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Adrian Weckler Technology Editor
December 15 2017 2:30 AM
To the European Commission and financial newspaper pages, Apple's Cork presence is often spoken of primarily in terms of tax.
But what does the tech giant actually do at its Holyhill campus? Other than finance, what else goes on behind its gleaming glass panels?
This week, the Irish Independent gained access to all corners of the facility, which is hosted on an expanding campus within Cork's tough northside neighbourhood.
It yielded a rare look behind the curtain of one of the most talked-about technology operations in Europe.
Officially, Apple's listed activities include manufacturing, finance, customer care, sales support, logistics and transport management.
Other functions include iTunes and localisation (including some testing of Siri voice services).
But only in walking around the giant campus does one get an idea of the vast scale of its operations.
The facility's huge onsite Applecare team serves 134 countries across Europe and Africa and India.
Holyhill is also responsible for shipping "hundreds of millions" of products annually to 51 countries.
Most surprising of all is the large manufacturing factory in the middle of the campus. Apple actually builds iMac computers in Cork, its only self-owned manufacturing facility around the world. This is Apple's longest-running business activity in Ireland, a direct inheritance of the company's original iteration in 1980.
But for a company that pioneered Chinese manufacturing techniques, why continue with a factory in a small western European island?
"Cork is regarded as a manufacturing centre of excellence," said one senior executive.
"It's often the team from this facility that is called upon to help out in other parts of the world. You have to understand that manufacturing skills are very scarce and specialised. What we have collected at this base is invaluable."
This theme - the concentration of skilled, older managers with years of critical experience - is a common one throughout the various halls, lobbies and offices of Holyhill.
It is why so much of the logistics in getting products sorted around the globe is now run from the Cork facility.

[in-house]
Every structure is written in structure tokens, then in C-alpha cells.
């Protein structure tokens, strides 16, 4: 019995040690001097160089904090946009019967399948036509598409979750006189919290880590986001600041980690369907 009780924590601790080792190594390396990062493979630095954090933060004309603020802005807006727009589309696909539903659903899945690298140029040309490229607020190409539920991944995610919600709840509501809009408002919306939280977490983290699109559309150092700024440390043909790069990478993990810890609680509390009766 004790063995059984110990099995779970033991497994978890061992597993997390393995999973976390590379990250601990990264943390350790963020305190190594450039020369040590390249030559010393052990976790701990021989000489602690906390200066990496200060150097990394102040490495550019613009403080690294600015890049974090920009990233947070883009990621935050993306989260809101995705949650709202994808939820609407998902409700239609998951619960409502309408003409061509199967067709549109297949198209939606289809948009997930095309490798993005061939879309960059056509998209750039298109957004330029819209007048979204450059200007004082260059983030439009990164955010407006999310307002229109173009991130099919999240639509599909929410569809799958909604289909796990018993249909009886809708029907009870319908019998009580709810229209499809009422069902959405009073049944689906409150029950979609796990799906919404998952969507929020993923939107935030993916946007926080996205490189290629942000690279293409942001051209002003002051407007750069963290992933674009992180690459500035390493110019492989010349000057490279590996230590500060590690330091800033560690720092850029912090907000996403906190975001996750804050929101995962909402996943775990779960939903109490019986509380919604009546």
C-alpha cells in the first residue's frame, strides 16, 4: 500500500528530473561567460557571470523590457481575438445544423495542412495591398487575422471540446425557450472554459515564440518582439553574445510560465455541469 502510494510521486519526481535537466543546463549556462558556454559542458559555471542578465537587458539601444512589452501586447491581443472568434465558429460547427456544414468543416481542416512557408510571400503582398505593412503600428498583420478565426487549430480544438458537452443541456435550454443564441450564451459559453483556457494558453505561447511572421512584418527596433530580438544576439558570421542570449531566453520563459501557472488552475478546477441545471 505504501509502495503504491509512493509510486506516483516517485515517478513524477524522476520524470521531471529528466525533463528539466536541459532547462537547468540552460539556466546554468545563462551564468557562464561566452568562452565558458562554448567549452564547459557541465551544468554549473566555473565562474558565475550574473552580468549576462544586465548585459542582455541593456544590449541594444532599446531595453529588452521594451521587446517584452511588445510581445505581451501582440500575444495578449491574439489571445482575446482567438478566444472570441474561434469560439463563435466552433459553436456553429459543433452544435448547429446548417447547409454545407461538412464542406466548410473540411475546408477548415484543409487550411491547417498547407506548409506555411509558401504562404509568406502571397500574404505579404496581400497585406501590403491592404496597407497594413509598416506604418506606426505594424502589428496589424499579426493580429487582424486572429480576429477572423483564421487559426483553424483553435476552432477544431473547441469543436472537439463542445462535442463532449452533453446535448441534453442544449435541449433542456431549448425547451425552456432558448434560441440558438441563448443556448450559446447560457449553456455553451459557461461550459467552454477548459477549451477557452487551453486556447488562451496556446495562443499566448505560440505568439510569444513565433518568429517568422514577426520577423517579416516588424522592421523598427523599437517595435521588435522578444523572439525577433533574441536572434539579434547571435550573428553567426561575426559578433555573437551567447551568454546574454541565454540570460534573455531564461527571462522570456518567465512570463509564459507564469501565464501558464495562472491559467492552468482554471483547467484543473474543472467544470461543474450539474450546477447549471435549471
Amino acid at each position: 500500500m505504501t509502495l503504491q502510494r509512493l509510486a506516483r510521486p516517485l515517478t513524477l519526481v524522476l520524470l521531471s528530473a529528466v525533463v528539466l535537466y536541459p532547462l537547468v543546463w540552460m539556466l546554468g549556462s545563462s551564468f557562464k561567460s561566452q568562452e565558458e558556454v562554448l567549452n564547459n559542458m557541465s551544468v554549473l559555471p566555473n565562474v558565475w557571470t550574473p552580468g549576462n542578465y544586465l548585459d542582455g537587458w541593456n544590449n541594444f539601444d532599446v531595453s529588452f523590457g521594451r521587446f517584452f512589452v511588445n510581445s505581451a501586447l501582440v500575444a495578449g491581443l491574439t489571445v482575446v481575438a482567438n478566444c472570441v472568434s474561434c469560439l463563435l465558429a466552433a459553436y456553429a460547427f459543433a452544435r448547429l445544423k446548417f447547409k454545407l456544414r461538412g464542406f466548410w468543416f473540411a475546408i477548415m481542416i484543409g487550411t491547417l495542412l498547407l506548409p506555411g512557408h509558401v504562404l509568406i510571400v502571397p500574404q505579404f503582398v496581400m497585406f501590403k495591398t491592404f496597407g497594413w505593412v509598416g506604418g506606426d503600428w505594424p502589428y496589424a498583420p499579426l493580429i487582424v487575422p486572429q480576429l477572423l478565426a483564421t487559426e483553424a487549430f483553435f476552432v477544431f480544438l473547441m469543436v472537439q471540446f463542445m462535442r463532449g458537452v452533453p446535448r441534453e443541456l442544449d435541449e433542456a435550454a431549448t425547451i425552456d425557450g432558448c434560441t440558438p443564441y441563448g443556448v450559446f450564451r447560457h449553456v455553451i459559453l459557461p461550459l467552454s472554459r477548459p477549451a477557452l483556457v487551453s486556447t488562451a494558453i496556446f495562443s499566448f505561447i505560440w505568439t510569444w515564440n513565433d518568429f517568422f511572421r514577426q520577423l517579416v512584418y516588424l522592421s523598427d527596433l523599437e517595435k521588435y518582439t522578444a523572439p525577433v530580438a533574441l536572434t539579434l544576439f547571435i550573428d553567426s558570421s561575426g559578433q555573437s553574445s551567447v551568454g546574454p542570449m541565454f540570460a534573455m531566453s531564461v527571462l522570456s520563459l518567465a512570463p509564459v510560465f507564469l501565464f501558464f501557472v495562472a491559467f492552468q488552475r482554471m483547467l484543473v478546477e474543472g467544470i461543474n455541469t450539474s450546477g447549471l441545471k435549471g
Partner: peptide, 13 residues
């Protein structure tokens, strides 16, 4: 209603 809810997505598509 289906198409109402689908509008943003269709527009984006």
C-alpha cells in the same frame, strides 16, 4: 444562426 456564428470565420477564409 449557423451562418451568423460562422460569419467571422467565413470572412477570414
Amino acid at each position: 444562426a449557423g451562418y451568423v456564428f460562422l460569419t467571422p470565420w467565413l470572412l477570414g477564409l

"As soon as Tim [Cook, Apple CEO] leaves the stage, we're in action," said one senior logistics manager.
Read more: 6,000 workers, 90 nationalities: 8 facts about the key Irish plant
Product launches and the pre-Christmas period emphasise the point.
Every time a new iPhone is formally unveiled, it is Holyhill that acts as the company's brain in sorting it all out. Millions of devices have to be sourced, steered and delivered from the factory in China to the far corners of 13 time zones.
"From the time the products leave the factory, it's a huge operation to manage right across Europe," said the logistics manager.
The figures are staggering. In the month of December alone, some 375,000 delivery details, involving thousands of delivery depots and flights, have to be overseen in painful detail.
In most cases, the person on the phone calling the shots has a Cork accent. This promotion of local talent is one of the most striking features of management working around Apple's Cork campus.
Apple's profile in tax affairs will not fade away any time soon. The company is in talks with the Irish Government on starting the process of setting up an escrow account to pay back some €13bn of back tax to Ireland. Both Apple and the Irish Government are appealing the original European Commission decision, handed down last year.
But whatever the outcome of that case, it's hard to see the company shifting from Cork anytime soon. It has too much at stake in the Holyhill neighbourhood.